The doctrine of collateral estoppel applies to criminal cases as part of the constitutional protection against double jeopardy. Ashe v. Swenson,397 U.S. 436, 443-446, 90 S. Ct. 1189, 25 L. Ed. 2d 469 (1970). The law of this circuit as to collateral estoppel and the process of analysis to be applied in cases like the present one is delineated in United States v. Hernandez, 572 F.2d 218, 220 (9th Cir. 1978); Accord, United States v. Dipp, 581 F.2d 1323, 1325 (9th Cir. 1978), Cert. denied, --- U.S. ----, 99 S. Ct. 841, 59 L. Ed. 2d 37 (1979). As stated in Hernandez, supra, 572 F.2d at 220:
"When an issue of fact or law is actually litigated and determined by a final and valid judgment, and the determination is essential to the judgment, the determination is conclusive in a subsequent action between the parties, whether on the same or a different claim." (Restatement of the Law, 2d, Judgments, § 68 (Tent.Draft No. 1, March 28, 1973).)
"The collateral estoppel analysis involves a three step process:
"(1) An identification of the issues in the two actions for the purpose of determining whether the issues are sufficiently similar and sufficiently material in both actions to justify invoking the doctrine; (2) an examination of the record of the prior case to decide whether the issue was 'litigated' in the first case; and (3) an examination of the record of the prior proceeding to ascertain whether the issue was necessarily decided in the first case."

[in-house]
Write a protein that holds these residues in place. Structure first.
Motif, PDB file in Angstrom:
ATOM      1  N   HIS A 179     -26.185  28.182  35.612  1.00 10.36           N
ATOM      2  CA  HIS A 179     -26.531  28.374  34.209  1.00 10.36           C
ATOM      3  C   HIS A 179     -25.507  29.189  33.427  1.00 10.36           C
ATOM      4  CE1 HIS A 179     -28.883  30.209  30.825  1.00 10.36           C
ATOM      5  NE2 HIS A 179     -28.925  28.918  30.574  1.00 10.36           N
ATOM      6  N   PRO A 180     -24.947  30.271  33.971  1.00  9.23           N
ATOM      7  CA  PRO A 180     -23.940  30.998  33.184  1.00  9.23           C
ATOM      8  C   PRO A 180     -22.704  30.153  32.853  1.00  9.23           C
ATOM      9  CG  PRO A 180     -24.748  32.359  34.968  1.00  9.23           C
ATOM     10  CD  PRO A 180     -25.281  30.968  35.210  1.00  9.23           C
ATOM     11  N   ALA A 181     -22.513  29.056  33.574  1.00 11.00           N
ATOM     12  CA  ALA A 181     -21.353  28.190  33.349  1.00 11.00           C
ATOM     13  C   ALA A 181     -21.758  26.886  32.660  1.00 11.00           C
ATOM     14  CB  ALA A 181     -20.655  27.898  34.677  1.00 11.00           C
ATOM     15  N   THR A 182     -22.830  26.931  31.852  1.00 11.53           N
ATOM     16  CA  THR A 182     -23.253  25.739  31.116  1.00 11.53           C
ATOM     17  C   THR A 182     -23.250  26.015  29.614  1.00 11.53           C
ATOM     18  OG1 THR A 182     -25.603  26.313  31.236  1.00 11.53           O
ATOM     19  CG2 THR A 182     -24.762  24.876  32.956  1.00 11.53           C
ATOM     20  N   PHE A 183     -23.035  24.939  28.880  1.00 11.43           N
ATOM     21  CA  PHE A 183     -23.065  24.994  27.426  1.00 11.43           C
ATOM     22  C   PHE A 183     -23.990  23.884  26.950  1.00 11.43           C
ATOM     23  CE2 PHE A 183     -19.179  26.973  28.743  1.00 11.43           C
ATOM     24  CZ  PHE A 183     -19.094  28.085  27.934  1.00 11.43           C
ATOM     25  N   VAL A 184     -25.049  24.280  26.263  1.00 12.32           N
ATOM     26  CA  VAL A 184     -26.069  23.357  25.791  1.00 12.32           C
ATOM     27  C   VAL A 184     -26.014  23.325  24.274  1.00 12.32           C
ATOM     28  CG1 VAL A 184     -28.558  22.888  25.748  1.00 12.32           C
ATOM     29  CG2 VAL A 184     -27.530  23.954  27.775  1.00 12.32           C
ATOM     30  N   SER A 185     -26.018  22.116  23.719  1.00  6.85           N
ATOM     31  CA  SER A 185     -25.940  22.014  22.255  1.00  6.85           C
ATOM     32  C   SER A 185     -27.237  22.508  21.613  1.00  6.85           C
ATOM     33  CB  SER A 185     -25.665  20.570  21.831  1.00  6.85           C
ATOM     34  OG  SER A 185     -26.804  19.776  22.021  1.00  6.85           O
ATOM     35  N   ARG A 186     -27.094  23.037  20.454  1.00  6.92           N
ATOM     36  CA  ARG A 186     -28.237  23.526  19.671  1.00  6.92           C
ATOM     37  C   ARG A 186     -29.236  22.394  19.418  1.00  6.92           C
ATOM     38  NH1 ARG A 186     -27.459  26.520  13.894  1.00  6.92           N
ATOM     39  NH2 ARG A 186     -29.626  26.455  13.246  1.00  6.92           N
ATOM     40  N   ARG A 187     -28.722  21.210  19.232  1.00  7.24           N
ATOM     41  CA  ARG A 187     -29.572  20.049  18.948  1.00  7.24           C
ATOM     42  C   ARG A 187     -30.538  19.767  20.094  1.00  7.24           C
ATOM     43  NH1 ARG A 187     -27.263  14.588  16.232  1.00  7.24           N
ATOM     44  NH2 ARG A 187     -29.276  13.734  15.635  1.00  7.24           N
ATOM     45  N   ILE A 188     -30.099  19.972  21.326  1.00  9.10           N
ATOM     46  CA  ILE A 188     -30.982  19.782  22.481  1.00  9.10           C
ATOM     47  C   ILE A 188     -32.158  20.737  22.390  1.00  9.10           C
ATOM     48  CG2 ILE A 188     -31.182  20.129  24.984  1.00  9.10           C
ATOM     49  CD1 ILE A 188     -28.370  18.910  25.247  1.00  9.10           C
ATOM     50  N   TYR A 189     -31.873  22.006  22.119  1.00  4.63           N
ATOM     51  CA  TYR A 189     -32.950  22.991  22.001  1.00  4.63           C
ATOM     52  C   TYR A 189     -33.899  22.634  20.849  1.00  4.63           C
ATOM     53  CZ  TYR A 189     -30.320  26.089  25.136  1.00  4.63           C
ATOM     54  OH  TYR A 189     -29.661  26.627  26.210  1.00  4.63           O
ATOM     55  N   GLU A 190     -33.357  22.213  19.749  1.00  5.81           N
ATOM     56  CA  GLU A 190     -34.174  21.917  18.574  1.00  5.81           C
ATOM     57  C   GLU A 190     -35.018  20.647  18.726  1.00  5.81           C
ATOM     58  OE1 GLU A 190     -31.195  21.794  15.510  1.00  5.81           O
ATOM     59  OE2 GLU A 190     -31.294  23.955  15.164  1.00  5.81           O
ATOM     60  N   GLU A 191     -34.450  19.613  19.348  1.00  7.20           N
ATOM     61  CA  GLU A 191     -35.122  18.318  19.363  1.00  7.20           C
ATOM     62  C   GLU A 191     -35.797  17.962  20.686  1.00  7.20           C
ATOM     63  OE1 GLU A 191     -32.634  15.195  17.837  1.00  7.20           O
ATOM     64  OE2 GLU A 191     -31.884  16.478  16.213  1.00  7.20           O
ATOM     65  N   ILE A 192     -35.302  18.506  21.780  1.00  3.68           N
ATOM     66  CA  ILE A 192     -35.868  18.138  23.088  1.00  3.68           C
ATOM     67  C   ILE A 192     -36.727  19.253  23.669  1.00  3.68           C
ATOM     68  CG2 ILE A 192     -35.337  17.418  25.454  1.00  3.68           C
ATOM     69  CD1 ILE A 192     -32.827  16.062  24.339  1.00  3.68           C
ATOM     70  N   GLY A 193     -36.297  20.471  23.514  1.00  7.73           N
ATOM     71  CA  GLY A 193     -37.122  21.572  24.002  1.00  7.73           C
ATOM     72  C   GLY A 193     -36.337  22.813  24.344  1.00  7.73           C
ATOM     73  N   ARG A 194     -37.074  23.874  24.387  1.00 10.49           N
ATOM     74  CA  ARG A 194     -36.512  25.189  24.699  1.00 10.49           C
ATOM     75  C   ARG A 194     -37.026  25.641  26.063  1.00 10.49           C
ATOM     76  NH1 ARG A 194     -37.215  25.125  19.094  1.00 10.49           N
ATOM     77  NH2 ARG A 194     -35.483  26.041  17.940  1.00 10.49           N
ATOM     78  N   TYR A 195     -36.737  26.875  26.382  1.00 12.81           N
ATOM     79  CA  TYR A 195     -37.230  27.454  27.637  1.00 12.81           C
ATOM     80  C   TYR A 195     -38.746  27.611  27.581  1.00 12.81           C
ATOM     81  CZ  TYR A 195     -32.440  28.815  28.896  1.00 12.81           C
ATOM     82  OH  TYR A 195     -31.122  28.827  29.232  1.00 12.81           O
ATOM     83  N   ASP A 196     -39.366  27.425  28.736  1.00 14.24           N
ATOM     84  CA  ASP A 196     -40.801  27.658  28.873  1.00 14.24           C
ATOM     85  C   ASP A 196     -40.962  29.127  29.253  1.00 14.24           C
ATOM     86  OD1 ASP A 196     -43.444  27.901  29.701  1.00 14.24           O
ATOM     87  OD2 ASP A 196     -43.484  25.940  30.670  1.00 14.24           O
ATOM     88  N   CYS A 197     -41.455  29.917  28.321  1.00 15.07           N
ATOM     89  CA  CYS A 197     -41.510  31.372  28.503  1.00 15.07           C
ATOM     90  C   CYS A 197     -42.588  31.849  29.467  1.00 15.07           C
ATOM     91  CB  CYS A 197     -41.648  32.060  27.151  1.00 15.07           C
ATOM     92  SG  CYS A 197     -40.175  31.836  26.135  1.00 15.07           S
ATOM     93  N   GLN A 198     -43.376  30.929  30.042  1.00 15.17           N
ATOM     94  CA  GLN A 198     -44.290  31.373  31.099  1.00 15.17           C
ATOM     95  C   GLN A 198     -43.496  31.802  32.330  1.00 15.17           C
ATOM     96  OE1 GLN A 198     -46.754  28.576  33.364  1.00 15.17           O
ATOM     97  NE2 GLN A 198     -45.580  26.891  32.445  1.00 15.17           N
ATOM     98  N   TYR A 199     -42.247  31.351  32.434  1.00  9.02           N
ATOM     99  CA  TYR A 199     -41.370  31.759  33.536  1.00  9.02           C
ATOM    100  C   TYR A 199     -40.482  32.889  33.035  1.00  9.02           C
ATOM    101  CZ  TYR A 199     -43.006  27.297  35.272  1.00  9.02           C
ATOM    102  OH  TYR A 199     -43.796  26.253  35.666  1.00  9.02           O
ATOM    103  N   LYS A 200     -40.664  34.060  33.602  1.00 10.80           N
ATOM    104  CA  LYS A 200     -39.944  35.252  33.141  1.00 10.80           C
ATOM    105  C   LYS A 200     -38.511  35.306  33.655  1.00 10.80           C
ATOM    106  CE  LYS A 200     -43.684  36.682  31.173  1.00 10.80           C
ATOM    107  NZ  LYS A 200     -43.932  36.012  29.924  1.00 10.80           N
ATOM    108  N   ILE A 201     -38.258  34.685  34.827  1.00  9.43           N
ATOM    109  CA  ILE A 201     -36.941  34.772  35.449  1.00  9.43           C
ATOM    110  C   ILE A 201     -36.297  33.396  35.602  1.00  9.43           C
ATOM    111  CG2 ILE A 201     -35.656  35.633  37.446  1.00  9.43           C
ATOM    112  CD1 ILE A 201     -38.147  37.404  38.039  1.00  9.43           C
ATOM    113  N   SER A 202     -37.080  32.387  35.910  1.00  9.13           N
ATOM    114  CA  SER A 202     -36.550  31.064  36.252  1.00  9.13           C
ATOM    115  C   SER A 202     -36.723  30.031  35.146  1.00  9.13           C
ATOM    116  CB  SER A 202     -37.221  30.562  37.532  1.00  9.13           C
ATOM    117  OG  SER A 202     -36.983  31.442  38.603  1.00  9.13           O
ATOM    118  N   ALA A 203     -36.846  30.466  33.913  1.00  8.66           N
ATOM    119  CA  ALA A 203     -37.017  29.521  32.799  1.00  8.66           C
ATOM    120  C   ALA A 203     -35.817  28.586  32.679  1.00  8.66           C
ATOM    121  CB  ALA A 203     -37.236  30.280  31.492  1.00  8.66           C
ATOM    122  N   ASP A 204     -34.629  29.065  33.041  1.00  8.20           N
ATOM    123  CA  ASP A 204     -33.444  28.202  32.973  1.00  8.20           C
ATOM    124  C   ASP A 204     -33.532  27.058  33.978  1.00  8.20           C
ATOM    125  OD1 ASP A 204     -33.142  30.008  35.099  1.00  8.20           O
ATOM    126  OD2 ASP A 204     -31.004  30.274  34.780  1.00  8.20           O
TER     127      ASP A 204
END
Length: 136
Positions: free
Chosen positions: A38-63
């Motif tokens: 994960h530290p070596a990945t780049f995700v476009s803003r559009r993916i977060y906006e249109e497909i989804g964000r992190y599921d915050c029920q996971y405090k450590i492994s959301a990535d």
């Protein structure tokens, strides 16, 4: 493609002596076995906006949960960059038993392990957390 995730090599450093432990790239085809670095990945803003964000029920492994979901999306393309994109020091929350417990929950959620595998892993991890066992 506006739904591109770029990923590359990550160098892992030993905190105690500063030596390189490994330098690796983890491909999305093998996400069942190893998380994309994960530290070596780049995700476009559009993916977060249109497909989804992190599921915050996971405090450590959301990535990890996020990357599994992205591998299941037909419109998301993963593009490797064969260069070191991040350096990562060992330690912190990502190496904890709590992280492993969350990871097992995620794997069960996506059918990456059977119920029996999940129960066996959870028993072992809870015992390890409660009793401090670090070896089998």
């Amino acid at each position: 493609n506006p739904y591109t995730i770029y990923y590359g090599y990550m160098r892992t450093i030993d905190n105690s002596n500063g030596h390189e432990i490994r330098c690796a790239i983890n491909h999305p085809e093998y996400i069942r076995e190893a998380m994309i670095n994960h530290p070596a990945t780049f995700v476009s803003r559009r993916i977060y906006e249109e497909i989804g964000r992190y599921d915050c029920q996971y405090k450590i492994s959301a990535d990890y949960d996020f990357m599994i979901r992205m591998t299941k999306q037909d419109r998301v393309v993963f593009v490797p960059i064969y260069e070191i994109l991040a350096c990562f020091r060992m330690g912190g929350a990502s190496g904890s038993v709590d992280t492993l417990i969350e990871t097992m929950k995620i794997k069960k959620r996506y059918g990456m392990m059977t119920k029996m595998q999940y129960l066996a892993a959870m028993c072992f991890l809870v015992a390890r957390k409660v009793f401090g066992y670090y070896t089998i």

Turning to the above-cited process, the focus of the bribery trial was not on the specific elements of the bribery charge (it was uncontested that defendants Sarno and Mallin had paid the money to Agent Smith for the purposes of influencing his actions on their audits). Rather, the focus was on the defendants' affirmative defense of entrapment. As clearly reflected in the testimony at the trial, the jury instructions and the questions of the jury to the trial judge, the entrapment defense rested upon the issues of whether Crutchfield was an agent of the government and whether Sarno and Mallin were coerced or intimidated into committing the crime. As evidence to resolve the latter issue, one of the respective versions of the steam room conversation had to be relied upon. Thus, the veracity of Sarno's testimony on that point was a factor raised in the first case and sufficiently similar and material to the perjury action to justify invoking the collateral doctrine issue.